But not all producers have opted for the conventional trade-off between capex and power consumption. The study points out that the chromium-processing techniques used by Finland’s Outokumpu (HEL:OUT1V), for example, partially reduce chromite ore through preheating and thus require 15 percent less energy than the conventional Electric Arc Furnace method.
Xstrata’s high-tech answer
One of the world’s largest chromium producers, Xstrata (LSE:XTA), has taken preprocessing a step further in order to provide even greater energy savings.
In 2006, the major producer unveiled the “Premus” process at its Lion ferrochrome plant in South Africa. Like the Outokumpu process, the Premus process involves preprocessing chromite ore prior to smelting by sintering the ore into pellets and then roasting the pellets in a rotary kiln to partially reduce the metal.
The proprietary process achieves significantly greater energy cost savings than any other technologies on the market, according to the findings of the recent Innovative Systems Design and Engineering study. To boot, the process circuit utilizes hot gas created by the smelting process and by the pulverization of input coal to create heat for the preprocessing stage — further reducing energy demand.
Overall, the Premus process consumes 2,400 kilowatt hours per metric ton processed. That’s a full 40 percent less energy consumption than conventional process circuits.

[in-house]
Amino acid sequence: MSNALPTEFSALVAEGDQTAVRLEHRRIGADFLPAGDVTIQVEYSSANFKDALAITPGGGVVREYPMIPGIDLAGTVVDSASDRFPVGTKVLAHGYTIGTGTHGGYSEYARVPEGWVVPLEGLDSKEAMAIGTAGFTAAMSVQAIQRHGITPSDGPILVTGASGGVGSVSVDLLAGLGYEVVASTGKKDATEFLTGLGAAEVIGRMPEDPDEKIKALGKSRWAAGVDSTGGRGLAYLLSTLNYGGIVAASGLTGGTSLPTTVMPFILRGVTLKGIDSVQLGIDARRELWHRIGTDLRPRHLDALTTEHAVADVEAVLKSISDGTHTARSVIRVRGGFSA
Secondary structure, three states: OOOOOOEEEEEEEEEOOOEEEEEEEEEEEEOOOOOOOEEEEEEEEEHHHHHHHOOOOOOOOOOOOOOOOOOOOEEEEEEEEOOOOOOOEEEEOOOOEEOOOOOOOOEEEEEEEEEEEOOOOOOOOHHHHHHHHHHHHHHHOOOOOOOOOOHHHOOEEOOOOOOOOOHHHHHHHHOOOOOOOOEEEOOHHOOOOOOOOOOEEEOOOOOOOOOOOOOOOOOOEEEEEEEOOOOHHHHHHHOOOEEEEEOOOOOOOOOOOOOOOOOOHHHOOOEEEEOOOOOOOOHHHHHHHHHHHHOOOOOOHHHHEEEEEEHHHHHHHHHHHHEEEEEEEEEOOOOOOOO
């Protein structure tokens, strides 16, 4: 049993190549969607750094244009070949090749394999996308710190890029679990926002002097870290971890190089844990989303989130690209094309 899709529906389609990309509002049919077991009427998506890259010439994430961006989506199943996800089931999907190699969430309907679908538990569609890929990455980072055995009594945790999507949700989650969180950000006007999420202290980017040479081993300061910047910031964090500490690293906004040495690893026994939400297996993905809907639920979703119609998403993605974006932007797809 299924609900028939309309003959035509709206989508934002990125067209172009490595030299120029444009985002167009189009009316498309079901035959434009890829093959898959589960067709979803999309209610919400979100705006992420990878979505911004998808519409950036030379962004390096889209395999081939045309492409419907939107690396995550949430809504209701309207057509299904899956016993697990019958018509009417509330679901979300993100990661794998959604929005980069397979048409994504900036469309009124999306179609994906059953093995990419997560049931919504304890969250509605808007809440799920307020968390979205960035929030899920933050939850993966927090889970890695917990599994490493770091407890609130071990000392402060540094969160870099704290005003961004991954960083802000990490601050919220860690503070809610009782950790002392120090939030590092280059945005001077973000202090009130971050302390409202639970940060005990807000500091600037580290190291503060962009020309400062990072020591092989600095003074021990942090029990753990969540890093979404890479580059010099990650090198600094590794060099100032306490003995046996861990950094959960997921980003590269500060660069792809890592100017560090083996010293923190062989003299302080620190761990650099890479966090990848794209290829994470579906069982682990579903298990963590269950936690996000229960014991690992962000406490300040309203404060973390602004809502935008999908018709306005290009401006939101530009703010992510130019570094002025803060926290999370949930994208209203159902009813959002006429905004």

Plotting a new course for global chromium
Today, Xstrata’s Lion ferrochrome plant is one of the largest chromium-processing facilities globally, with nameplate capacity of 364,000 metric tons per year. The facility is also a testament to how technological improvements can insulate miners against rising input costs.
With chromium producers in India now apparently facing similar escalation in electricity prices, there may be greater push for the industry to more widely adopt lower-power processing techniques like Premus.
A sea change in processing techniques could have some significant implications for the development and mining of chromium deposits globally.
That’s because conventional processing is only capable of handling a certain type of chromite ore — lumpy chromite, which contains large mineral grains.
But a significant amount of chromite is found as fine ore, which contains smaller particles. Traditionally, such fine ores have been passed up for processing because they contain larger amounts of silica, which blocks the escape of gases during processing and thus interferes with the functioning of the process circuit.
The Premus process however, handles fine ore by mashing it into pellets during preprocessing; these pellets can then easily be run through the smelter. As the study points out, “[t]hese technologies can therefore be used to generate more revenues in localities having a large amount of fine chromite ore.”
As smelting technology changes to address power costs, companies controlling (or acquiring) deposits of fine chromite might find their product going from nonsaleable to in demand. Such deposits are found in places like Brazil and Madagascar.
Securities Disclosure: I, Dave Forest, hold no direct investment interest in any company mentioned in this article.